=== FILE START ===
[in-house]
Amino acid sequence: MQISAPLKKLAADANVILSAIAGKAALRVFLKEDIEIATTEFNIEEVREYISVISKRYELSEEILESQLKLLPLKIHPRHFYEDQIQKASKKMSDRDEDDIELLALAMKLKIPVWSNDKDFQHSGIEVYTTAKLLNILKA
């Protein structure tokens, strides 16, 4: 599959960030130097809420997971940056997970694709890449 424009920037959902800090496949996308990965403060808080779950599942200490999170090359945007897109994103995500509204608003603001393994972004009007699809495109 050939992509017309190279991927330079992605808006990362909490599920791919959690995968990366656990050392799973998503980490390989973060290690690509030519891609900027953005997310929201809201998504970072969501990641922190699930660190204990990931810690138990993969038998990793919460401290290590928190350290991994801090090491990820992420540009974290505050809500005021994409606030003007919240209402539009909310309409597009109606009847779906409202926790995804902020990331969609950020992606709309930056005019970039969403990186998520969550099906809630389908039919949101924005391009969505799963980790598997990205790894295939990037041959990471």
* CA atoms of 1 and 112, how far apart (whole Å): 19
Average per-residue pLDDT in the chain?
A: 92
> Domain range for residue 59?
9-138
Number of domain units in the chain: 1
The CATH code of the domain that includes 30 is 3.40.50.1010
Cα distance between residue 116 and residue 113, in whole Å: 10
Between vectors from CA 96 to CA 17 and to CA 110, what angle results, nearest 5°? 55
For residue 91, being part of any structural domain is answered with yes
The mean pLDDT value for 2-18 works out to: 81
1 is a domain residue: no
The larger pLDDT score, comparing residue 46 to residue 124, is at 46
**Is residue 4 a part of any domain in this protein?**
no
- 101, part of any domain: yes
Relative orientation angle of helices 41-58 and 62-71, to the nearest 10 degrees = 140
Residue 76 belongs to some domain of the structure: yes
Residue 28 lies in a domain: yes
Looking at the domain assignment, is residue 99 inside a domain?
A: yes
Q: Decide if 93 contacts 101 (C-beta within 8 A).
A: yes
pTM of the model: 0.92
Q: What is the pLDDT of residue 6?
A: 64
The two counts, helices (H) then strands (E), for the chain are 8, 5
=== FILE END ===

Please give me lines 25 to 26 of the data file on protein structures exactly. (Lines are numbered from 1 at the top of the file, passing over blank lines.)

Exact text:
Q: Decide if 93 contacts 101 (C-beta within 8 A).
A: yes